Is Your Interview Process Losing You Valuable Talent?
If you’re a hiring manager, then knowing how to get the most out of the interviewing process is key.
Our consultants speak to tech leaders daily and have seen some great examples of how to conduct an interview (and some not-so-great examples too...)
Here’s what they had to say:
It is likely that your candidate is nervous so it’s a good idea to keep it conversational at the start. Don’t go straight in with the hard-hitting questions, take the time to introduce yourself and help them to relax a little.
This isn’t to say that you should base your decision off of whether you have a good chat or if it turns out you support the same team or like the same TV shows. It is important to remember that diversity is key to the success of your business.
There is a huge issue of unconscious bias in the interview process. Make sure your hiring team reflects the talent you want to attract and agree beforehand what skills/attributes you are looking for and the use of scorecards can help give an objective measure and tackle bias.
More and more businesses are doing away with the traditional reliance on the CV. Using work samples, technical tests, group exercises and gamification are all great ways of assessing a candidate’s technical skills and not where they went to school or how chatty they are in the interview.
You expect the candidate to be honest and you should do the same in return. 40% of new employees who quit soon after being hired leave because the role isn’t what they were expecting.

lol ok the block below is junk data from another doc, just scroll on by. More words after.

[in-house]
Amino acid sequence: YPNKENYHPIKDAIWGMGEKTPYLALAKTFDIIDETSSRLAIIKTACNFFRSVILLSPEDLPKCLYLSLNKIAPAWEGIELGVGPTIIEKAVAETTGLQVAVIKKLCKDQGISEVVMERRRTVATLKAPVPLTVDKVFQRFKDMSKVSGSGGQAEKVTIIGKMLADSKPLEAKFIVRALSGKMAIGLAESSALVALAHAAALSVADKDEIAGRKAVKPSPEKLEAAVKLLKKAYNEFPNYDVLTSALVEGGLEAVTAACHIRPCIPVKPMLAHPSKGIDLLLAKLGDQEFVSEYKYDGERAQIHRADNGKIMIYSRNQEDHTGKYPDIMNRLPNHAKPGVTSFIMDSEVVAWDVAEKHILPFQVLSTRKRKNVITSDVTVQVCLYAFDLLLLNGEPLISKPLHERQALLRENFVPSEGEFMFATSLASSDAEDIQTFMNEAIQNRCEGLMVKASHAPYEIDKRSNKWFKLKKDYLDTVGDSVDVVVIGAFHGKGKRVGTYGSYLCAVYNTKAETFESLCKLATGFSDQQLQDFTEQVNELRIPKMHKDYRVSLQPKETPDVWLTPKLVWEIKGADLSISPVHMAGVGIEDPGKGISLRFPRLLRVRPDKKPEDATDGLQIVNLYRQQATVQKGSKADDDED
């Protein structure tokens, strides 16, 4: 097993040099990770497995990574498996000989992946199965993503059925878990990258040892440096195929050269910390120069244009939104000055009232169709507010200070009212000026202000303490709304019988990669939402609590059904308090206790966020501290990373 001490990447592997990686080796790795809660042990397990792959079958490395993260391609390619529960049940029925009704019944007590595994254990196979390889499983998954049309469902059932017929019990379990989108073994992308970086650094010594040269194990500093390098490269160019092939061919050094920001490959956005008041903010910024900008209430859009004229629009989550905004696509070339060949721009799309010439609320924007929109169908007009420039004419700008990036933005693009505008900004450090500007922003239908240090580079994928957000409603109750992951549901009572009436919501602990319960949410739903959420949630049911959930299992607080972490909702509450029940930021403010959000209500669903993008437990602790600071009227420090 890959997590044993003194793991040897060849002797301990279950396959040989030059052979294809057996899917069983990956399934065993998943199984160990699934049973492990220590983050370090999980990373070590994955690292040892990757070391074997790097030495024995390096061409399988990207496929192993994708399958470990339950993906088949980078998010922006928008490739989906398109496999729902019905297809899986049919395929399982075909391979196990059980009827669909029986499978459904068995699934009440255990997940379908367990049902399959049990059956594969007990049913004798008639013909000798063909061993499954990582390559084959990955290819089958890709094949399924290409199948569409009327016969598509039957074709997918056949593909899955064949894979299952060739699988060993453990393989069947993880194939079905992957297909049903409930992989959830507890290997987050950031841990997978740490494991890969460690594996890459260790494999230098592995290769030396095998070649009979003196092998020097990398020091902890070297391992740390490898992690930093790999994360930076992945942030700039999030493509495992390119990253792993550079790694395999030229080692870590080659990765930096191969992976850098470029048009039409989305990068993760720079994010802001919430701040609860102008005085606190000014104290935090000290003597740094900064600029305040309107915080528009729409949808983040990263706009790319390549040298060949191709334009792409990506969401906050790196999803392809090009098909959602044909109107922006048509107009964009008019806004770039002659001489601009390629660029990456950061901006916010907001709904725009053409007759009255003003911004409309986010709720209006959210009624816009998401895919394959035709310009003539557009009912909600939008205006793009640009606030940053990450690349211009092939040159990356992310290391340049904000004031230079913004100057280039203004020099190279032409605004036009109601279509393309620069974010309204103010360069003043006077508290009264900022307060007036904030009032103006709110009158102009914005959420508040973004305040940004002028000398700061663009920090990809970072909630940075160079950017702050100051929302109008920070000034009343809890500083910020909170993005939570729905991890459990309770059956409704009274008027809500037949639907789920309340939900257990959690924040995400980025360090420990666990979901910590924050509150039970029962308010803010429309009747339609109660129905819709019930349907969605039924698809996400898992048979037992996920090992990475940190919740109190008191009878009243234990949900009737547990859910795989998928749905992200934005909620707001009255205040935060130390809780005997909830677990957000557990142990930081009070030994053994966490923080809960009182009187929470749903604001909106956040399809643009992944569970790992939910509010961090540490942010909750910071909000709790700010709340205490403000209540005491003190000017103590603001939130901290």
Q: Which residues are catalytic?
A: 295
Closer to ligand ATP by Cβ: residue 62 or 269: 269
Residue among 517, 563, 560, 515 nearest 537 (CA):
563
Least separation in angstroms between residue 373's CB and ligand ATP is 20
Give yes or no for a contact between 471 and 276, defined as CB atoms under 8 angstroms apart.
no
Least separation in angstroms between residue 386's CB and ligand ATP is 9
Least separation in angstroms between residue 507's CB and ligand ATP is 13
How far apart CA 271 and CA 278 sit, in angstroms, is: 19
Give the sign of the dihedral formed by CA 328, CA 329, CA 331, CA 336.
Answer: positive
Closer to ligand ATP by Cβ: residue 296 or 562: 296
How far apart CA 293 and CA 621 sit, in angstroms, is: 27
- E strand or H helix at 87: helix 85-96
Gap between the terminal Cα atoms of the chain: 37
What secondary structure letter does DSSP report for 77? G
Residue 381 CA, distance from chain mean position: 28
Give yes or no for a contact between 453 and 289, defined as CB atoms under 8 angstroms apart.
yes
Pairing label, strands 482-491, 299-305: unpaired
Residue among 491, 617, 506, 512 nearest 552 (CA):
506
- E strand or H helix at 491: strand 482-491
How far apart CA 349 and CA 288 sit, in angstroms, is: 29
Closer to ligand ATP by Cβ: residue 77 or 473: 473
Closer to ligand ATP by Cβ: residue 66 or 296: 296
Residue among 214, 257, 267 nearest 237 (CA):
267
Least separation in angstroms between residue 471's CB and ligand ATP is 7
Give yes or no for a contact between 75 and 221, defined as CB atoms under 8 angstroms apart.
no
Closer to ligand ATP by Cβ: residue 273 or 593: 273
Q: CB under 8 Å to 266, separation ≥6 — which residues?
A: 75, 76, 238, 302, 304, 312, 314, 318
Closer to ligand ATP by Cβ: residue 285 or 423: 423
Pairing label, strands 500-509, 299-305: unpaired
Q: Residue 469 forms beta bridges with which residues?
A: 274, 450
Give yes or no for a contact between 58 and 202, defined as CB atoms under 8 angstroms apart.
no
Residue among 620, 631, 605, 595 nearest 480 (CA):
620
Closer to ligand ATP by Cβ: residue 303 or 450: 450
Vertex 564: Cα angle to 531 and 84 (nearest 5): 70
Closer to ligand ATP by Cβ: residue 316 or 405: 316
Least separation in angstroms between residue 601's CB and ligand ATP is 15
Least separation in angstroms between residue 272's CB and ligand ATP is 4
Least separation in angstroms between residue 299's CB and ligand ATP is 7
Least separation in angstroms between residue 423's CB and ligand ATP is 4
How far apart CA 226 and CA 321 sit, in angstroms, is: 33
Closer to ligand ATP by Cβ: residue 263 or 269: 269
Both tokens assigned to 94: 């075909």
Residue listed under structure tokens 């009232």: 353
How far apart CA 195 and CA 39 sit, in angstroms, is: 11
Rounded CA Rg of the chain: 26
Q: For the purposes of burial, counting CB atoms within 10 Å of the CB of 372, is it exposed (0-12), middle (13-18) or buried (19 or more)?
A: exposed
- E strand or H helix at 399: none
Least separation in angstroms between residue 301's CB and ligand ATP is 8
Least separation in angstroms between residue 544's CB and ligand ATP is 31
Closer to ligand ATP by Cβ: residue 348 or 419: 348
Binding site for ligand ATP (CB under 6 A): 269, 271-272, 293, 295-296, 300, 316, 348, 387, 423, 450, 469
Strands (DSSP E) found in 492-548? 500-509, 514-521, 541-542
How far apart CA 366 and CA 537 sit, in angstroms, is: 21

Lay out clear expectations about their day-to-day role and long-term career path. If you don’t know the long-term progression just yet, be honest about this.
The market is completely saturated at the moment, with the job to candidate ratio leaning completely in the candidate’s favour.
You need to move quickly.
People don’t have time to wait around for a 4-stage interview process lasting almost 2 months, guaranteed that while you faff around with this, your competitor will snap up the hottest talent.
Be transparent about your interview process and the time it will take.
If you are working with a recruiter, agree on a timeframe and then stick to it. If you are sent over potential CVs or portfolios, be timely with your feedback so that the candidates can be informed, and an interview can be set up.
Post-covid, flexible and remote working has become the new normal. Counter this into your decision. Why dramatically decrease your talent pool by only looking for candidates within a 10-mile radius?
Ask yourself if the role can be carried out 100% remote, and if it can, then keep an open mind of who will be the best person for the job.
If you aren’t excited about the role, then why should they be?
This is your opportunity to sell your company.
Regardless of whether it is an in-person or remote interview, make your candidate feel like a priority.
Set aside the proper time. It does not give a good impression of you as a place to work if the interview feels like a chore.
The interview is in place for you to pick the perfect candidate, and for the perfect candidate to pick you. Don’t forget this when you are conducting the interviews.
You may find the best person for the job, but they may not think you’re the right business if you come across badly in the interview.
80% of employee turnover is down to bad hiring decisions. There is no quick fix to the complex challenges hiring can prompt, but you are not alone in this struggle.
We talk to startup and scaleup founders everyday who are experiencing the frustrations hiring can bring, and our consultants guide founders through the intricacies of the interview process every day.
If you want any further advice on any stage of the hiring process from planning and attracting the right talent to interviewing and seamlessly onboarding your new starters; we have you covered. Our Talent Guide for Founders covers the biggest hiring mistakes and how to avoid them.